PubSafe: The Other Side of Rebranding

By Alex Epstein

If you ask most Middlebury students what they think of the College’s recent effort to rebrand the school, the odds are that most responses will be in regards to the logo.  Small petitions to stop the change came and went in the fall, and the closest thing to a result that we got was the Campus publishing a front-page pie chart showing how a large majority of students opposed the new logo.

However, Middlebury’s logo is only a very small piece of the much larger rebranding pie. Our school is about to welcome a new president, we have significant turnover in the administration, we just finished an addition to our athletics center; and we are expanding our language program and our programs in California into online classrooms. Middlebury has realized that if we want to compete with schools like Williams, Amherst, and others, we must embrace growth and change.

Growth, change and rebranding are excellent buzzwords, but in reality, they don’t mean much on their own.  The rebranding-type changes Middlebury is undergoing are largely to boost our school’s reputation and prestige – in the rankings, amongst high school students and amongst the employers who go on to hire our graduates.  All of this is, in concept, a great thing.  Our degrees that we earn here are expensive.  Even for those on financial aid, going to Middlebury represents a huge investment of time, energy and money, all to earn a diploma.  The higher the opinions of our school, the more valuable that diploma will be to us in the future – hypothetically.

The problem I have with this is that it seems like Middlebury is doing the right thing with one hand, and shooting itself in the foot with the other.  While to the outside world, it may appear as though Middlebury is changing for the better, here on campus, some change is most definitely for the worse – namely our social scene. Over the course of my first year here, I have seen firsthand how Public Safety has stepped up their enforcement of alcohol, marijuana, parking and other policies.  The rules haven’t changed much, (except for our recent hard alcohol ban), but the rigor of enforcement seems to have increased dramatically.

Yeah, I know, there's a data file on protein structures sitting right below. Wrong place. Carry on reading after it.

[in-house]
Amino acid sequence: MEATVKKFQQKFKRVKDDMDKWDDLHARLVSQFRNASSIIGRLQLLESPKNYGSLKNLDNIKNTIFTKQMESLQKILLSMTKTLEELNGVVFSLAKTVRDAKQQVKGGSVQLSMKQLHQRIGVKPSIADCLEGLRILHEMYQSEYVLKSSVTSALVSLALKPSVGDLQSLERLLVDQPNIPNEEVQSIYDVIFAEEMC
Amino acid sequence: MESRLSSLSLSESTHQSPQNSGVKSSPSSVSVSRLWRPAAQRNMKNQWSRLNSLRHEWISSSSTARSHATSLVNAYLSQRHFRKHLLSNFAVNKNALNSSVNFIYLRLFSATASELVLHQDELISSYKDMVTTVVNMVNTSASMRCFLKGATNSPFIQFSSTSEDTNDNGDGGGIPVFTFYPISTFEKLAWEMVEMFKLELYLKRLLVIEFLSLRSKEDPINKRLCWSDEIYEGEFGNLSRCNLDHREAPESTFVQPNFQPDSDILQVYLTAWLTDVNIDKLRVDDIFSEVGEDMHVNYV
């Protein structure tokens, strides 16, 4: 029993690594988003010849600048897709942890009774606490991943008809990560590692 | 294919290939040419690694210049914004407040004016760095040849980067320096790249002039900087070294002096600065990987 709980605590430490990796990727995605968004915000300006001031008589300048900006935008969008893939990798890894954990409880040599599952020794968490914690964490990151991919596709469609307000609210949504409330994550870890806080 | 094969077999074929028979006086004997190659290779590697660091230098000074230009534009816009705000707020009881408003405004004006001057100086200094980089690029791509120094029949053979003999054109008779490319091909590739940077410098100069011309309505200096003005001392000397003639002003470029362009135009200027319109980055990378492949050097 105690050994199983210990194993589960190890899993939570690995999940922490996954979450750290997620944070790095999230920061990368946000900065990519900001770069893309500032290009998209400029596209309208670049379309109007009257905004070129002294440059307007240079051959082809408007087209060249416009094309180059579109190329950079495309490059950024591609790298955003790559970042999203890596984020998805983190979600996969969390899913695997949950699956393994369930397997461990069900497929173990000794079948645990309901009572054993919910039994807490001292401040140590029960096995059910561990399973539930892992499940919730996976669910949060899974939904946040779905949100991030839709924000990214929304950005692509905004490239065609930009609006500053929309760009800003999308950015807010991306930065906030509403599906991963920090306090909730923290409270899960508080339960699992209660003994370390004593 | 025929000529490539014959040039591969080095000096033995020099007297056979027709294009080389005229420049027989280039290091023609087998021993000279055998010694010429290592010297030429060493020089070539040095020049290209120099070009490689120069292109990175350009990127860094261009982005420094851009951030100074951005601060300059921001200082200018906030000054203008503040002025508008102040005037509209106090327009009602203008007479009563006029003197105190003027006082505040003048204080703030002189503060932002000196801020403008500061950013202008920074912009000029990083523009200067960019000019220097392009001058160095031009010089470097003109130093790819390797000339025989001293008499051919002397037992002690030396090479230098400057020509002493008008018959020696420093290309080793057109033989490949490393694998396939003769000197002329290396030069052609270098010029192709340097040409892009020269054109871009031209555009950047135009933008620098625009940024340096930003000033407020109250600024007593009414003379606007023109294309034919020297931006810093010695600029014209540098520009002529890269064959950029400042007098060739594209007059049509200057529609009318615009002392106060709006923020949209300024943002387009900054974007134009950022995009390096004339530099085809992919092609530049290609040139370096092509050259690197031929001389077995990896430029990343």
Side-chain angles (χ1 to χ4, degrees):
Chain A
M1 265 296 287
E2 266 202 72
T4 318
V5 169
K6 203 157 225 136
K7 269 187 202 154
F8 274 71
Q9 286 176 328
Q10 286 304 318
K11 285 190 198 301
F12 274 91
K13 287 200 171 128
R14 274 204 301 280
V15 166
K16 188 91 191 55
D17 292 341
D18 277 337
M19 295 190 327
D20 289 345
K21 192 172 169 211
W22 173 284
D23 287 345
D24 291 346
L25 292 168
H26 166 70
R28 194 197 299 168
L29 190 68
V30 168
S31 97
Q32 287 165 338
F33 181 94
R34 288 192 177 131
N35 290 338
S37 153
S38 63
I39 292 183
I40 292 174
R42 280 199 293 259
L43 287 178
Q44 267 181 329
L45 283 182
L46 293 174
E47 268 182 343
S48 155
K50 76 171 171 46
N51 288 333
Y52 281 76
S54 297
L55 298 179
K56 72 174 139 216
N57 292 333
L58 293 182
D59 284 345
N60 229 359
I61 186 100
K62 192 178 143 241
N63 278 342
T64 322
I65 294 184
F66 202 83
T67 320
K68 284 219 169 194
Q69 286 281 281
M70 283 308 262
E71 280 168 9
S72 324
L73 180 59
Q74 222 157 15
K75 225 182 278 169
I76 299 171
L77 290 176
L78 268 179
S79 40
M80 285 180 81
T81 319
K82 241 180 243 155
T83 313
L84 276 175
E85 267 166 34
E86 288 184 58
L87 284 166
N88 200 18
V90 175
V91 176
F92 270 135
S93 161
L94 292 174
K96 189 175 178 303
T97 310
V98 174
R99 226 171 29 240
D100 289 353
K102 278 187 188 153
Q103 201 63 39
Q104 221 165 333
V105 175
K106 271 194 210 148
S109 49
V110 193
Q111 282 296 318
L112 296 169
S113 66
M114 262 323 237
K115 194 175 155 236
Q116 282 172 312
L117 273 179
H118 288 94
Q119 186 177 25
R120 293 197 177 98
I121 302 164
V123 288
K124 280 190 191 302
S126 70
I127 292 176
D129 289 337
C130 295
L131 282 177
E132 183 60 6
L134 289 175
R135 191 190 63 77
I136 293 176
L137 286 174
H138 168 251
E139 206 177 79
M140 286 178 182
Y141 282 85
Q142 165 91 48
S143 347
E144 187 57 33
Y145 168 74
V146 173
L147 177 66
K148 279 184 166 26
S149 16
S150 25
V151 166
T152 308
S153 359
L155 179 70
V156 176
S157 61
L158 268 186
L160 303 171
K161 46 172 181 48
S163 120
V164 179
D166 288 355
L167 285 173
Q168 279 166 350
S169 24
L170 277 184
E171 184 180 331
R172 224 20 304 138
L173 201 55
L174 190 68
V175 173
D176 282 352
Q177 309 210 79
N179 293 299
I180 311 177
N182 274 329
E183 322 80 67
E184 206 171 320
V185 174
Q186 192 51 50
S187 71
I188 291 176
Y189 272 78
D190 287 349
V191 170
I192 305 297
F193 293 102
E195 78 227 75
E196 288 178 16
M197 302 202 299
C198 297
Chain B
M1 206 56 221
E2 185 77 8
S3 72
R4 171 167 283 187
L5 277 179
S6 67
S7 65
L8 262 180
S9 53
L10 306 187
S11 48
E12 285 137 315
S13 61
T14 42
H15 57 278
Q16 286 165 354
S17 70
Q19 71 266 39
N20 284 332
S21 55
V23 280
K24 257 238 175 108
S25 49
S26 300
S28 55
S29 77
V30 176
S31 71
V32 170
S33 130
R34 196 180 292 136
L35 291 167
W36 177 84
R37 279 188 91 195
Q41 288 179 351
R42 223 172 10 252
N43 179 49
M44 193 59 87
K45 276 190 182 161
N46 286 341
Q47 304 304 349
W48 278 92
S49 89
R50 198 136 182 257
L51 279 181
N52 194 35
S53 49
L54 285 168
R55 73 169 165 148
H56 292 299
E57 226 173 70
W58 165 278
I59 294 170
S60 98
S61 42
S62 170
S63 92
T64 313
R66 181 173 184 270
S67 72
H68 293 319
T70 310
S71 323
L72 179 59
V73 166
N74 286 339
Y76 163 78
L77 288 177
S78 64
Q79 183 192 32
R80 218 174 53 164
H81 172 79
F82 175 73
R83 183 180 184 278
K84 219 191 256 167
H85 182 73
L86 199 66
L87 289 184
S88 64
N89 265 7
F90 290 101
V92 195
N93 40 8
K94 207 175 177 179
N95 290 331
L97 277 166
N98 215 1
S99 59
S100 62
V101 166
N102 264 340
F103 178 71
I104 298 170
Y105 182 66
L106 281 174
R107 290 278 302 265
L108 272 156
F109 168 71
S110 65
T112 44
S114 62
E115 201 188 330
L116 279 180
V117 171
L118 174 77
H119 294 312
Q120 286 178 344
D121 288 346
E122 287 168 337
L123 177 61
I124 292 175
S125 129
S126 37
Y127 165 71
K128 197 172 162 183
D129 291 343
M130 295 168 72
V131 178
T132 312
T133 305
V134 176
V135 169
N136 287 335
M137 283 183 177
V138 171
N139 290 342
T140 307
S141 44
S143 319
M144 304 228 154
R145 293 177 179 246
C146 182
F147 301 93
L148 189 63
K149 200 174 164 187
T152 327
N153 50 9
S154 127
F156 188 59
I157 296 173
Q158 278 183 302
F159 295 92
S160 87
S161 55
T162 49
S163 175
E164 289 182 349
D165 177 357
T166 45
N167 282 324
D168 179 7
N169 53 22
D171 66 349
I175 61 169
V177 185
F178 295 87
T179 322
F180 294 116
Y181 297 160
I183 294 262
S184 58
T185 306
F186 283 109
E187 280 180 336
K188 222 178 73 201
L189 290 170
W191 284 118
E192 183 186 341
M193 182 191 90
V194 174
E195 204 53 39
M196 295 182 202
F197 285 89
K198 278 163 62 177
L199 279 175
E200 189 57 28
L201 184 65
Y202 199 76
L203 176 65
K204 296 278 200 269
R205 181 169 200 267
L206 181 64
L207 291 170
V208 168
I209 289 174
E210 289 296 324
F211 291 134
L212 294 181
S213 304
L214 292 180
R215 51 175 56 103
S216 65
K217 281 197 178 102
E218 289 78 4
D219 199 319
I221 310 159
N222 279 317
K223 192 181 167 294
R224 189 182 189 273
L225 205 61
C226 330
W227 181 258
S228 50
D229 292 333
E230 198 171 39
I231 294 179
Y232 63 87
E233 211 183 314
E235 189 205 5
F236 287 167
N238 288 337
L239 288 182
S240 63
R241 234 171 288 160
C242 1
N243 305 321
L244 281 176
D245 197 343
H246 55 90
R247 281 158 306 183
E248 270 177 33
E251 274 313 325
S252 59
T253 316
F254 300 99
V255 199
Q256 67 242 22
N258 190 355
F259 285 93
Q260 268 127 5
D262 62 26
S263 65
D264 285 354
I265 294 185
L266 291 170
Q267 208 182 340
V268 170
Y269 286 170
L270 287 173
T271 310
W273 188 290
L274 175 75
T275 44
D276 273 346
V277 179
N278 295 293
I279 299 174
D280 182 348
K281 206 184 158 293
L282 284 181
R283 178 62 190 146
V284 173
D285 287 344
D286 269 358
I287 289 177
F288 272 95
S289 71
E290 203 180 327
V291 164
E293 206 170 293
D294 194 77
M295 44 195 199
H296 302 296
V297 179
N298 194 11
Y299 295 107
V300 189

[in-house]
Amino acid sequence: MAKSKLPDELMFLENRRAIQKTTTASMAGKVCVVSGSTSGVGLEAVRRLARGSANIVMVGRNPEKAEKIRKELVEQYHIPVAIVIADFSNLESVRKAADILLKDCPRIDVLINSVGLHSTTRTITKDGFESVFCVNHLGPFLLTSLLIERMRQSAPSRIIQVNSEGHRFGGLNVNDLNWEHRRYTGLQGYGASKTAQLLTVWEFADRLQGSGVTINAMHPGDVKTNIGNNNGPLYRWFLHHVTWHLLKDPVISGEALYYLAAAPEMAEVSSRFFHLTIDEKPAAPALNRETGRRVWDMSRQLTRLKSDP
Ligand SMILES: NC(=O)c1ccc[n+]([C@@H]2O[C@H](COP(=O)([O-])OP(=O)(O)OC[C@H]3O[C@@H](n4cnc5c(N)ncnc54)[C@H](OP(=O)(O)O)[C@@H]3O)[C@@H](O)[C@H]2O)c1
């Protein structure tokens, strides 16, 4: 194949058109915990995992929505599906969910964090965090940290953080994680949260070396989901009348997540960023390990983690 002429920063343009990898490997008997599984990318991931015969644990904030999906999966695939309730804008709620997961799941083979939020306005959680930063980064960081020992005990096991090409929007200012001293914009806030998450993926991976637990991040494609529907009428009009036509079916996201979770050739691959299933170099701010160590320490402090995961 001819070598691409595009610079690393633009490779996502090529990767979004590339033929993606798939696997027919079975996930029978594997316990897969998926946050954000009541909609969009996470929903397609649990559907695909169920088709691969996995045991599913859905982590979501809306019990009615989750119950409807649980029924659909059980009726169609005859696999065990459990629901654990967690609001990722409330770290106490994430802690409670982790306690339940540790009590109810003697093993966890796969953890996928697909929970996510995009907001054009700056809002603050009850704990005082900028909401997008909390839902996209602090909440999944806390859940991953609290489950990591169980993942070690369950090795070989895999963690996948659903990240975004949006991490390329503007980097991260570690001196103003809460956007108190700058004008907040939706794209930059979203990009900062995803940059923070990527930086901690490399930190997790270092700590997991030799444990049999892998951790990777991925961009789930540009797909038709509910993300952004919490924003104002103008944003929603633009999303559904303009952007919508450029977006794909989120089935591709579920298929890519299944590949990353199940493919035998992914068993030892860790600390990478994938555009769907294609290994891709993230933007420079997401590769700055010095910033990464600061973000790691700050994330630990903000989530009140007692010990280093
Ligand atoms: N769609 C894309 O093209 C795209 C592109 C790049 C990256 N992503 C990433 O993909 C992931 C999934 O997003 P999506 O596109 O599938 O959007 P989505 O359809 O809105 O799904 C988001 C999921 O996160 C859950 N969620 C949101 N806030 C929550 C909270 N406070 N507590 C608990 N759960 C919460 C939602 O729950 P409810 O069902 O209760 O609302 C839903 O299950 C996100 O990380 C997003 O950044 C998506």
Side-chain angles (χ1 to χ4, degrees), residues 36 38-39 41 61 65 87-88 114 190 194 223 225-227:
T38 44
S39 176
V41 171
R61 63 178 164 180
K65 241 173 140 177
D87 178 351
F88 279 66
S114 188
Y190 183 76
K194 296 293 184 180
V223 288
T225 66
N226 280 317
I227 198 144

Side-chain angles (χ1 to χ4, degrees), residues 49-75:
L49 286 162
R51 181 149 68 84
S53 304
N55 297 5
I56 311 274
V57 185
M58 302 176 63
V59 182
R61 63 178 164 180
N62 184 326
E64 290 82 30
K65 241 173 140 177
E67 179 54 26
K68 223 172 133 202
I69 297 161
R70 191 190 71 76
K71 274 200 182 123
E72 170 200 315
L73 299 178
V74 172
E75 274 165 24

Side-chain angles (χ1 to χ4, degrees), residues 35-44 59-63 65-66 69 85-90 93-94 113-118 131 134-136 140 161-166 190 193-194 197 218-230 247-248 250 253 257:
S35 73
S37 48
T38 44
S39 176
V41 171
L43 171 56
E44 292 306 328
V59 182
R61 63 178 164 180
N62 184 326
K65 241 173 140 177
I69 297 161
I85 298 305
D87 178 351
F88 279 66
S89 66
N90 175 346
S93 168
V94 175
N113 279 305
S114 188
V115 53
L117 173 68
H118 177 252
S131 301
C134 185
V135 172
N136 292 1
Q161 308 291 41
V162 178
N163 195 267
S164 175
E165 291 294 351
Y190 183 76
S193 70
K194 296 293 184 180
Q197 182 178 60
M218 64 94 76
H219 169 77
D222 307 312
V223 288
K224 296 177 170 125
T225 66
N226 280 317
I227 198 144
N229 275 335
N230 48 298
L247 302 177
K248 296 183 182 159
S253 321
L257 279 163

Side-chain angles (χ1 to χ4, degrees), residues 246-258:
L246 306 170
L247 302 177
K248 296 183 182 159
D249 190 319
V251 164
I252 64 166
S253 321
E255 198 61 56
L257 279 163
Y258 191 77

The party scene on campus is dying. By and large, every week seems more boring than the last, and the difference between the party scene now and the scene when I first arrived is night and day.  Upperclassmen friends have told me that this trend is nothing new – it’s something that has been going on here for the past few years.  Aside from the fact that my weekends are less fun than they potentially could be, I fear that Middlebury, in the process of rebranding, is turning its back on its roots, and as such counteracting it’s efforts to garnish its reputation.

Let me explain what I mean.  In regards to our rankings, which have a huge impact on how our school is regarded as a whole, one of the most important factors, in addition to acceptance rate, is yield rate – or what percentage of accepted students actually decide to enroll.  When applying to a school, but even more so when actually deciding to attend a school, one of students’ most important deciding factors is if they like it.  Does it seem like a place where they want to spend the next 4 years of their life? 

In Middlebury’s case, our school has long been advertised as a “work hard play hard” school.  Many students, myself included, came here after being sold on that idea by parents, parents’ friends, college counselors and countless other adult sources.  In high school I personally saw people choose not to apply to schools like University of Chicago and Carnegie Mellon and instead look toward schools like Duke and Northwestern (or in my case, Middlebury) because we were told that the former were for people whose idea of a fun Friday night revolved around the library – which ours did not. 

The issue is not that I’m a bro who just cares about drinking – I’ve been there to see the library close on Saturday nights before – but that our school is becoming less fun for people who don’t find that fun, and given time, it will hurt our acceptance and yield rates, the same way it has for schools like MIT and Chicago relative to their peers like Princeton and Yale.

 The other, debatably more important side of the issue is our reputation amongst employers.  At the moment, Middlebury punches above its weight in recruiting for top-notch jobs.  A large part of the reason firms prefer Midd Kids to our colleagues at schools like MIT or Chicago is because we “integrate” better.  In the real world, in DC, and New York, and most other major cities, when the work day ends, the office moves to the bars, or clubs or social scene in the area.  At a law firm, a bank, or other prestigious workplaces, your performance outside of work socially and amongst your colleagues is almost, if not equally, as important to your performance in the office. 

While Middlebury’s academic rigor is excellent preparation for a real-life workload, a college education is about more than just academics. One of our school’s edges over our competitors is that we have long been known for our education outside of the classroom – in Atwater, Tavern and the like – which has historically prepared our graduates for social life after leaving the office. However, from what I saw of DC’s social scene as a political intern last summer, Middlebury no longer provides an adequate education in how to go out on a Saturday night.  It is a question of when, and not if, the recruiters who hire our students for the prestigious jobs that form one of the cornerstones of our school’s reputation figure that out, and when they do, no one, students or administrators, will like the result.

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